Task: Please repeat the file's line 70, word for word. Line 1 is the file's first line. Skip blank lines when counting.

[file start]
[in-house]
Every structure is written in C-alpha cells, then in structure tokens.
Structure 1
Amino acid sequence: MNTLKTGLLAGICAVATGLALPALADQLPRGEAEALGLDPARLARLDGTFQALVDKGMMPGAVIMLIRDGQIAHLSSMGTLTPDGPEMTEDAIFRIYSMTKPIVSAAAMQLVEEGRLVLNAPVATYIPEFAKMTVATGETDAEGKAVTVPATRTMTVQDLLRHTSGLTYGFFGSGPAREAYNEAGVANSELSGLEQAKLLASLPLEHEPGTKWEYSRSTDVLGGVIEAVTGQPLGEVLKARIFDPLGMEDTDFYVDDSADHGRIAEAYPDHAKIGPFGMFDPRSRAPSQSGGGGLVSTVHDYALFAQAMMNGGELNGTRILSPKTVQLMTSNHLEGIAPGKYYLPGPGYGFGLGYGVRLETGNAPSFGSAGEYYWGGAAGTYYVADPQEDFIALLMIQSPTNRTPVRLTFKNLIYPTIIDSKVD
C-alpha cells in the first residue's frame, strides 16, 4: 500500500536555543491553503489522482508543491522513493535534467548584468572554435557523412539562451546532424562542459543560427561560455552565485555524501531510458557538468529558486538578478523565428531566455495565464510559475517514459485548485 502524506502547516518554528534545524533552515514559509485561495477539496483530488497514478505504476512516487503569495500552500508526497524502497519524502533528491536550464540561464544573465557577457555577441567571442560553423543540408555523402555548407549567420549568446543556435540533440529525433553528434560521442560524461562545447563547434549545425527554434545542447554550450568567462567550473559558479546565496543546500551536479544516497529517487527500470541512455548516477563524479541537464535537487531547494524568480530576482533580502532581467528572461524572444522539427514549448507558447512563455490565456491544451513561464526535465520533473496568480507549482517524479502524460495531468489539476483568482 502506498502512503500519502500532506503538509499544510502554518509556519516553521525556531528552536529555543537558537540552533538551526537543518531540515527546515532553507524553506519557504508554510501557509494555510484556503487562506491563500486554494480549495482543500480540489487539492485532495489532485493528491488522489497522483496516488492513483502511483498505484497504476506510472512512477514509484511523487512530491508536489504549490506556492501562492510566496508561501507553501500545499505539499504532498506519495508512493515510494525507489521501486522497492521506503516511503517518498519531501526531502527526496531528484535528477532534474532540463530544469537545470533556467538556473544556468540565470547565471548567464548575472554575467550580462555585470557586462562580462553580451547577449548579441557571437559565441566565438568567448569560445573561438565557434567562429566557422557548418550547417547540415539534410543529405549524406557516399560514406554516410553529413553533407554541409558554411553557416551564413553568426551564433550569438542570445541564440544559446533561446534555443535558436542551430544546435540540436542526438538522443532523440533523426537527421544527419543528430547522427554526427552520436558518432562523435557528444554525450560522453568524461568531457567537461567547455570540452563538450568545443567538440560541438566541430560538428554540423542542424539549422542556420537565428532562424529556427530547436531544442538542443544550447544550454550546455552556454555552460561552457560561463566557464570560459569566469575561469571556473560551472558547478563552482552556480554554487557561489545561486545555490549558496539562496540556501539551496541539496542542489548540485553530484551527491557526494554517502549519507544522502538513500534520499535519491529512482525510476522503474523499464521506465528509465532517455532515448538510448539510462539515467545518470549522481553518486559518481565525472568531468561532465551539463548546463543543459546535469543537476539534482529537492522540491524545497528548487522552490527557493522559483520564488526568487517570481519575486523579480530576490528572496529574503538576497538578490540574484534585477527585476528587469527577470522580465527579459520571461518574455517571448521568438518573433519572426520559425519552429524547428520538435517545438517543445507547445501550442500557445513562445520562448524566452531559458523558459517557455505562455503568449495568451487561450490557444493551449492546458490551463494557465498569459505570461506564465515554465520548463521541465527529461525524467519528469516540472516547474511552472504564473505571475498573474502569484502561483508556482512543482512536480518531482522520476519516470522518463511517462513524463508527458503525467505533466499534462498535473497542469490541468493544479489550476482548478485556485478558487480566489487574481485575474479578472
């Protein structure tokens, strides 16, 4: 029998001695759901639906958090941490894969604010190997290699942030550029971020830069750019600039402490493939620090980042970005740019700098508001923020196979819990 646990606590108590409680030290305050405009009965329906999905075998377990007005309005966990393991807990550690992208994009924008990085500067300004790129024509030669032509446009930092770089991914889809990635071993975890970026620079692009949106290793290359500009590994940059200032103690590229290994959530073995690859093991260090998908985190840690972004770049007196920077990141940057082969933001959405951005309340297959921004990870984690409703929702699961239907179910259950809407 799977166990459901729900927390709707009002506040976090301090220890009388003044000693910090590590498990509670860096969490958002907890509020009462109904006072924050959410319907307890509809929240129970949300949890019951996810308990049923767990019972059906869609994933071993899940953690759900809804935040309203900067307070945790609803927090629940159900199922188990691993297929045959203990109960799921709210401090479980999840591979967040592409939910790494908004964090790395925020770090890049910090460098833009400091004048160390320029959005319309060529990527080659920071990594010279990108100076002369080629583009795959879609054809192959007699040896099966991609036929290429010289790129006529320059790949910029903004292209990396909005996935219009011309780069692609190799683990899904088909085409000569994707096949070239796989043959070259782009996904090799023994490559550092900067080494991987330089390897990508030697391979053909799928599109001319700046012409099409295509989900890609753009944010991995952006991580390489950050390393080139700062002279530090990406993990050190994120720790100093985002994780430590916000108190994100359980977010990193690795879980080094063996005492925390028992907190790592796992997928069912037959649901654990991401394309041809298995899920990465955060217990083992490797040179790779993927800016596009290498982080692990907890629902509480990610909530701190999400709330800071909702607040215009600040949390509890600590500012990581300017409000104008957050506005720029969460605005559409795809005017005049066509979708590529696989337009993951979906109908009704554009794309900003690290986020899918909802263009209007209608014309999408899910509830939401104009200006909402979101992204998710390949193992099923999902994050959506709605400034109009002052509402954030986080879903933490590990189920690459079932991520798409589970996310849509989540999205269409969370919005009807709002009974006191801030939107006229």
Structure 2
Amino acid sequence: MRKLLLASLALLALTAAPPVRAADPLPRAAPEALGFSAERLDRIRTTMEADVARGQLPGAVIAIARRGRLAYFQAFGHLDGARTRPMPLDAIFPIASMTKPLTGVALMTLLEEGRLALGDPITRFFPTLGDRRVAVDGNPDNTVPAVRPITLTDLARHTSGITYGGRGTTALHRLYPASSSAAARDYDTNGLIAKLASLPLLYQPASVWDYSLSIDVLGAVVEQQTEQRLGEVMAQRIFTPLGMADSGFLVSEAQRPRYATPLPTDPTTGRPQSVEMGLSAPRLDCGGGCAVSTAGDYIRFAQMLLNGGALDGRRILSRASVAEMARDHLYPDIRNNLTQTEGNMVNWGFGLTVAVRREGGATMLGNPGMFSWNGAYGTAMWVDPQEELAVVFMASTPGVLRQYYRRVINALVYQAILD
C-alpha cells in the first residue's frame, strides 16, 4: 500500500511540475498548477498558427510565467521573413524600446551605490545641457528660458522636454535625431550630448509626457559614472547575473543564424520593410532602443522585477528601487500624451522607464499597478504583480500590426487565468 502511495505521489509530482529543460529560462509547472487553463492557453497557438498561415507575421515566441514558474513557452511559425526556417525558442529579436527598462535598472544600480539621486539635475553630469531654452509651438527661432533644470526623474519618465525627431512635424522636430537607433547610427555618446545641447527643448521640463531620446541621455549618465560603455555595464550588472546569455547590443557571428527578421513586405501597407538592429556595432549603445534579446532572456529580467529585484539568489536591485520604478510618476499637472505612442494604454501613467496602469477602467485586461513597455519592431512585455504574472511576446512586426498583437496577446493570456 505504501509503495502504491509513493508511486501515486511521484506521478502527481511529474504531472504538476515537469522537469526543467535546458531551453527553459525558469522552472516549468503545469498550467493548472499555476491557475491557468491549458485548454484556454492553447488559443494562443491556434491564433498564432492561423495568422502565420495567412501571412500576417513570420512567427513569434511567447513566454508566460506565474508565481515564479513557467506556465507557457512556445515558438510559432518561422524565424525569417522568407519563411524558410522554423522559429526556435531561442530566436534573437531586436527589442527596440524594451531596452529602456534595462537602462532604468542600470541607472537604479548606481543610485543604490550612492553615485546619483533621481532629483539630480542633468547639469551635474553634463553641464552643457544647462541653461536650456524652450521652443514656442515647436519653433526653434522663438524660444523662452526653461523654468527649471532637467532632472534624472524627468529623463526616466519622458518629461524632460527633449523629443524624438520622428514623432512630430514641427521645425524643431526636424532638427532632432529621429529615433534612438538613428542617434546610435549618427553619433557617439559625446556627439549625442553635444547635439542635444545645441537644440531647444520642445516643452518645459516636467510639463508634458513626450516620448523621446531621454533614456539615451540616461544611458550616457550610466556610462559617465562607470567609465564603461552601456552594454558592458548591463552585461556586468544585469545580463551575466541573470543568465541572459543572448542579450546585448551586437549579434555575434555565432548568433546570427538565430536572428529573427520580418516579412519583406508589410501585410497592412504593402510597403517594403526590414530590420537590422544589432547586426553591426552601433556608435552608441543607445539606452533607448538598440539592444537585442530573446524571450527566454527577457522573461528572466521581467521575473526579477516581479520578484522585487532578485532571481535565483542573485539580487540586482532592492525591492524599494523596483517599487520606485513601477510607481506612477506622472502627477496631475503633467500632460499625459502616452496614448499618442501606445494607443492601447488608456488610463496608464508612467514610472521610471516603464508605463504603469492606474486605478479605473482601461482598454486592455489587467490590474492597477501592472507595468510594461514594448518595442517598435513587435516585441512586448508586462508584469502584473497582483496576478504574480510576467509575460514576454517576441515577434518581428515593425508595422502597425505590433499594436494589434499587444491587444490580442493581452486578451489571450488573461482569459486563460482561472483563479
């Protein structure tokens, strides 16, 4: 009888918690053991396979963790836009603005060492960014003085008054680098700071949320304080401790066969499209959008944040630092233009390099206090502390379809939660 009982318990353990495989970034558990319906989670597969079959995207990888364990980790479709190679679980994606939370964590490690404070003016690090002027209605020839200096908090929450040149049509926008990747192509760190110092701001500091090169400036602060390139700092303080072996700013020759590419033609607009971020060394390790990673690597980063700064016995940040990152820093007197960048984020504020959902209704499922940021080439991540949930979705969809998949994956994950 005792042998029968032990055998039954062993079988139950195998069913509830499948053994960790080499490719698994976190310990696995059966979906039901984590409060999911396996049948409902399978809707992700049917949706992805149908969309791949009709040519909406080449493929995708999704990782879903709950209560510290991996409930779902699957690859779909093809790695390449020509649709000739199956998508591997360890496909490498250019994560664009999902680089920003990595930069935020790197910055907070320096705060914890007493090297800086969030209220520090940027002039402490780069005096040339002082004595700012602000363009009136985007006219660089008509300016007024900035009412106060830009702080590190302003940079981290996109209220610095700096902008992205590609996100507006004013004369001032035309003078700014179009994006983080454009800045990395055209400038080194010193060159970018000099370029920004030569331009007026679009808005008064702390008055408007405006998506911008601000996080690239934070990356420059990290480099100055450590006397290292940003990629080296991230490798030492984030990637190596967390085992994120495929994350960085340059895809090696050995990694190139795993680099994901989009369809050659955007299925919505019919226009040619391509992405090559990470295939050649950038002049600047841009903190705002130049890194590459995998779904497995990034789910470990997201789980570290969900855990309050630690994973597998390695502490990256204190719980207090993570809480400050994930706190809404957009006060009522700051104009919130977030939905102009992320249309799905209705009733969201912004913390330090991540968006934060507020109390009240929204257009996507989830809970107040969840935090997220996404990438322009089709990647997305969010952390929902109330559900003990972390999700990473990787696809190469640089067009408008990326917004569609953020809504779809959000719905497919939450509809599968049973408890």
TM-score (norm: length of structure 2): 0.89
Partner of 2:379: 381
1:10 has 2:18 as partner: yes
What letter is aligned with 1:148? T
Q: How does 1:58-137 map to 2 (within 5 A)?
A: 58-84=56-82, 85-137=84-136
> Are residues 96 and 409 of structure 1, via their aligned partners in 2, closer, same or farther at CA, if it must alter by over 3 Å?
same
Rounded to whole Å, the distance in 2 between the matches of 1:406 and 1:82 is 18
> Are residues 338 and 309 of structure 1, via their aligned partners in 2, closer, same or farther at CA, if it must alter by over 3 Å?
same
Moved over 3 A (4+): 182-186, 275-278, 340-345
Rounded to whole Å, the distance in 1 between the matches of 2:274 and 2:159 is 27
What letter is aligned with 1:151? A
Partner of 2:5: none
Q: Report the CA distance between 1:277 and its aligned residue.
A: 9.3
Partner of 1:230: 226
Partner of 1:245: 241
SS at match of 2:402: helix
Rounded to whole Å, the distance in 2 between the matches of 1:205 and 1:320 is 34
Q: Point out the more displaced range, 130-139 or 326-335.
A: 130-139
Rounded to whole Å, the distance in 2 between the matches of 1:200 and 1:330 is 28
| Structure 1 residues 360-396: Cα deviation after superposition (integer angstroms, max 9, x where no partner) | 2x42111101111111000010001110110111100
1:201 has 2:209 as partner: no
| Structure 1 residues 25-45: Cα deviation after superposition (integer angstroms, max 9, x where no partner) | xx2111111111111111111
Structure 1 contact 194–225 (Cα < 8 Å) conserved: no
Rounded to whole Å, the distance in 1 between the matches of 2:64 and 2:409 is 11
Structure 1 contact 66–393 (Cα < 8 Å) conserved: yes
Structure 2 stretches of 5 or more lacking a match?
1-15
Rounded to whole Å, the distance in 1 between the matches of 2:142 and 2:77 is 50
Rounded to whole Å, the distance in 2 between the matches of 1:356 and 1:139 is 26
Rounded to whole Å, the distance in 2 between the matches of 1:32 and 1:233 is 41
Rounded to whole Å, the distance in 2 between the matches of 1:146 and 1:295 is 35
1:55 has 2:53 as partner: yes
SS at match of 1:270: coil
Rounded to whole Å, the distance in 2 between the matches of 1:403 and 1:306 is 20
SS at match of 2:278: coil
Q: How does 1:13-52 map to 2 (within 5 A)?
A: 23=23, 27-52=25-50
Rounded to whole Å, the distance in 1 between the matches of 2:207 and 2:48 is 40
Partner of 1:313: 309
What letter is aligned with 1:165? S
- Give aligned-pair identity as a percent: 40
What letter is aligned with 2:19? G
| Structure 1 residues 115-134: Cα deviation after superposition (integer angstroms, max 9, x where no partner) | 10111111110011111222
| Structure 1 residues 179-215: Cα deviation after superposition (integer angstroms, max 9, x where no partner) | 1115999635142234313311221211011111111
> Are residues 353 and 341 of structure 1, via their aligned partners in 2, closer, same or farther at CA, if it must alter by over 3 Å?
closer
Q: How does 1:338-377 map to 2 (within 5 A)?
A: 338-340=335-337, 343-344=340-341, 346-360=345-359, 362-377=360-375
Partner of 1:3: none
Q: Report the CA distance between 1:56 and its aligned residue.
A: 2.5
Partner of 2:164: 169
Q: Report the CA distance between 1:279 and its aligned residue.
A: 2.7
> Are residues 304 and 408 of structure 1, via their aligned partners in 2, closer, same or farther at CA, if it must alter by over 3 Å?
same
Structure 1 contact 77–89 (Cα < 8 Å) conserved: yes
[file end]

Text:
> Are residues 304 and 408 of structure 1, via their aligned partners in 2, closer, same or farther at CA, if it must alter by over 3 Å?